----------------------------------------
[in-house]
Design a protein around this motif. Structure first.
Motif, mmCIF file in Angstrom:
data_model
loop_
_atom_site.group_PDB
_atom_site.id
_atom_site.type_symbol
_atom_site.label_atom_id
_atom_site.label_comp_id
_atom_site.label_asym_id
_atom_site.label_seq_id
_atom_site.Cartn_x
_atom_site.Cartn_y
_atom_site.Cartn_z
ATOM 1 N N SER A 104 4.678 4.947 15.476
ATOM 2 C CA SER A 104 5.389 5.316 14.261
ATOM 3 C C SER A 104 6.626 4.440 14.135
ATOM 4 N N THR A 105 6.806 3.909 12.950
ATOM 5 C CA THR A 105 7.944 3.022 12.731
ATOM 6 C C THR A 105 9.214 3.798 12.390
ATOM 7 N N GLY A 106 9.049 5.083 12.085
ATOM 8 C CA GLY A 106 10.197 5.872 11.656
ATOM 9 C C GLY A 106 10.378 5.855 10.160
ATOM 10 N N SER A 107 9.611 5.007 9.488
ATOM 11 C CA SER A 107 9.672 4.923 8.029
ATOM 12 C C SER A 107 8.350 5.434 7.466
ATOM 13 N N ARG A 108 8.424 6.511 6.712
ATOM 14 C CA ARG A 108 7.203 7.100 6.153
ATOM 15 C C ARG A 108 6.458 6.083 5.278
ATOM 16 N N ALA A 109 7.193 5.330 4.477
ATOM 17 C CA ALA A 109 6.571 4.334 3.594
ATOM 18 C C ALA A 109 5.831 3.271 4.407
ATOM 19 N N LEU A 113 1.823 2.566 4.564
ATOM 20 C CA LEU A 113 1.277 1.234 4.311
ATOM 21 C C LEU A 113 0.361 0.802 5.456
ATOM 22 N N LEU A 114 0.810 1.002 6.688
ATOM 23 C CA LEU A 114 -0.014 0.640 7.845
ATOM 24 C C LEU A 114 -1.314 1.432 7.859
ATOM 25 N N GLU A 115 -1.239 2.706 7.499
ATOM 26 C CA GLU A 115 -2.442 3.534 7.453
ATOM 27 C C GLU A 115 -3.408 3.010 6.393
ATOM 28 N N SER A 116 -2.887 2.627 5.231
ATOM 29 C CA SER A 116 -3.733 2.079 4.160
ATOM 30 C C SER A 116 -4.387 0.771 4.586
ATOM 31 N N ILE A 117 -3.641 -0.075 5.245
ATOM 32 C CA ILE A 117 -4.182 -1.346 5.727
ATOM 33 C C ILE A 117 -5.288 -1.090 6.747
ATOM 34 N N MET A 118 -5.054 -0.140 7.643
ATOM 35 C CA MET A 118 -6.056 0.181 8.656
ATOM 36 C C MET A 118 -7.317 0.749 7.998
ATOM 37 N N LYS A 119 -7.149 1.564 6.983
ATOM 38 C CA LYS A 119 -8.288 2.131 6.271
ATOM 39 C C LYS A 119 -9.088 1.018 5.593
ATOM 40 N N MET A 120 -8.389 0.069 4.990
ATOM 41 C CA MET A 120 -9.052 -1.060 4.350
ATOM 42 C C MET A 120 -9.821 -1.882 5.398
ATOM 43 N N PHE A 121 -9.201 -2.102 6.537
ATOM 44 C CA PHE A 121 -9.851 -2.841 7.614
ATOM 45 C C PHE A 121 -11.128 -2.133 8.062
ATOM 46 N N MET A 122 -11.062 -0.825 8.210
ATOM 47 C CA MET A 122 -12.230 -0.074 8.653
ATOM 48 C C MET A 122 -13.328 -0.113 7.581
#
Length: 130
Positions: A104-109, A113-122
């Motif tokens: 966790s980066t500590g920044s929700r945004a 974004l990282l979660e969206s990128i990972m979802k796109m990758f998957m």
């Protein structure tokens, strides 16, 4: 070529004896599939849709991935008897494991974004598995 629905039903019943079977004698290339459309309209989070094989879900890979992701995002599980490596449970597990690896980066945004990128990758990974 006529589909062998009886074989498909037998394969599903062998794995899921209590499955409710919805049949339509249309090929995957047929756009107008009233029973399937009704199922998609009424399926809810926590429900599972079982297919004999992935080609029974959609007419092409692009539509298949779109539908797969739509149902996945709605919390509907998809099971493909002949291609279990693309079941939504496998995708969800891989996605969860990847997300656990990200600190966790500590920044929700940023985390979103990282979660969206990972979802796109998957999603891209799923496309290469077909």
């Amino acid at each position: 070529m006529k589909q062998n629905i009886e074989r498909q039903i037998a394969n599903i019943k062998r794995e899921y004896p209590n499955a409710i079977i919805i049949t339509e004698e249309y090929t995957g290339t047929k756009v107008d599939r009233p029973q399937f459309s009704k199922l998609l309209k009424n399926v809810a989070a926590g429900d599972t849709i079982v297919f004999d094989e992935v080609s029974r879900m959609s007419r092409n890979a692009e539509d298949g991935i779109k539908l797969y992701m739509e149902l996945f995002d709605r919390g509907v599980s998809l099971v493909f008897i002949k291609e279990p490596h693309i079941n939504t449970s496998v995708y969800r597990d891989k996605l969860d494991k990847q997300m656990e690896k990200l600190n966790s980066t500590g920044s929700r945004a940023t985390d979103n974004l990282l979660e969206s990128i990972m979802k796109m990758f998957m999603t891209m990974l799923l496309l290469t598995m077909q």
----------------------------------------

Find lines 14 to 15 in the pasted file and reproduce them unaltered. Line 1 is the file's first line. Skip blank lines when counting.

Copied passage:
_atom_site.Cartn_y
_atom_site.Cartn_z